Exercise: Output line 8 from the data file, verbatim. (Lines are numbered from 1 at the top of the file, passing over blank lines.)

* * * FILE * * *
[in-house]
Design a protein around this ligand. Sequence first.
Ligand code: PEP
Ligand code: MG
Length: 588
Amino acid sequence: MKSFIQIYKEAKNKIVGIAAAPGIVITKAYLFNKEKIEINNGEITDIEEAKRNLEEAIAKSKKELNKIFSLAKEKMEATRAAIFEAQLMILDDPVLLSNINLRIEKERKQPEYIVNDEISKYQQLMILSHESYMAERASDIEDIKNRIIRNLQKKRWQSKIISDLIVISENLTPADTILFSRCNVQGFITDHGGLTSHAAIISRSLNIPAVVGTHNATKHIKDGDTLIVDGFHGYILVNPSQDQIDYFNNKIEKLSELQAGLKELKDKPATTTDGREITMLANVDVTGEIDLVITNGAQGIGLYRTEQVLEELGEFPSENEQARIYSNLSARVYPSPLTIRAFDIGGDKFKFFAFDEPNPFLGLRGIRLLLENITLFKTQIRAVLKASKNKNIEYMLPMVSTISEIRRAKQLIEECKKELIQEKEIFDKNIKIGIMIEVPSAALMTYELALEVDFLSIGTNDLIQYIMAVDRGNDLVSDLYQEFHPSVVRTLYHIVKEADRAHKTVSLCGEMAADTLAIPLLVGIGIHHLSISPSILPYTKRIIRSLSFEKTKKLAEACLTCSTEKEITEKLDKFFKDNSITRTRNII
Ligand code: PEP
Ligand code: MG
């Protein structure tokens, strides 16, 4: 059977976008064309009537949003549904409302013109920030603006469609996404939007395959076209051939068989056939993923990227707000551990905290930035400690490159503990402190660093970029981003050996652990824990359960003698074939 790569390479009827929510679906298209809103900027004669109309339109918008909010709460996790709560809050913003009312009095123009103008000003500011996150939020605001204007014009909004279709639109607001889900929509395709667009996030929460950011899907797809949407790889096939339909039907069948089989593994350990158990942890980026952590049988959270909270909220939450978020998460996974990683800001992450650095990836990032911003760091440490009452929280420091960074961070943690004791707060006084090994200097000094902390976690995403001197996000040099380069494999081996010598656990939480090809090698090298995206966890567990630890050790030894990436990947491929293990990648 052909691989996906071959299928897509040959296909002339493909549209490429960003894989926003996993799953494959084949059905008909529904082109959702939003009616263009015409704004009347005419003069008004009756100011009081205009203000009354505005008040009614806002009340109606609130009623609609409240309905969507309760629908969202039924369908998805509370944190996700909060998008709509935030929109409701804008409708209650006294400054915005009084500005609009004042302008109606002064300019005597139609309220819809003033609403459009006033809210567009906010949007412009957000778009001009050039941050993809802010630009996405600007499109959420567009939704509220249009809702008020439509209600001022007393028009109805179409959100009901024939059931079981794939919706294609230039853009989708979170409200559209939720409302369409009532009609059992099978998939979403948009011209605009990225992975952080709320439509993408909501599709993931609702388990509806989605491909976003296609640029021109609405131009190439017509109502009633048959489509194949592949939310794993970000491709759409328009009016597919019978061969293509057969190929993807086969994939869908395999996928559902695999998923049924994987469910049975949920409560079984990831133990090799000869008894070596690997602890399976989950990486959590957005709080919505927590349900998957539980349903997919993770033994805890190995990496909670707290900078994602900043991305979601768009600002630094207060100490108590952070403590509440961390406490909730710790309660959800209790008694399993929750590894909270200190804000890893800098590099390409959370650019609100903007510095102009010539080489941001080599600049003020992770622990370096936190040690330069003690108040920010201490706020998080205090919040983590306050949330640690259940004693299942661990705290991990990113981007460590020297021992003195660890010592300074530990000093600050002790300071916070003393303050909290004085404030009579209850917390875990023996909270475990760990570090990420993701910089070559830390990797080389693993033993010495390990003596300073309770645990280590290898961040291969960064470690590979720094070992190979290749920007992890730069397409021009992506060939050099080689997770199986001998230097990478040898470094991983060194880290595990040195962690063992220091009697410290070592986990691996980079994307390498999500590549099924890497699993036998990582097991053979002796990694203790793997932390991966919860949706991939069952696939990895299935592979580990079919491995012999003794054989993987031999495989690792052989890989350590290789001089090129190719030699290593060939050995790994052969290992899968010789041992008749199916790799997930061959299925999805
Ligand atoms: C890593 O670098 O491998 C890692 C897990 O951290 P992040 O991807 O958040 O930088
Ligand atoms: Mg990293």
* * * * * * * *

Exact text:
Ligand code: MG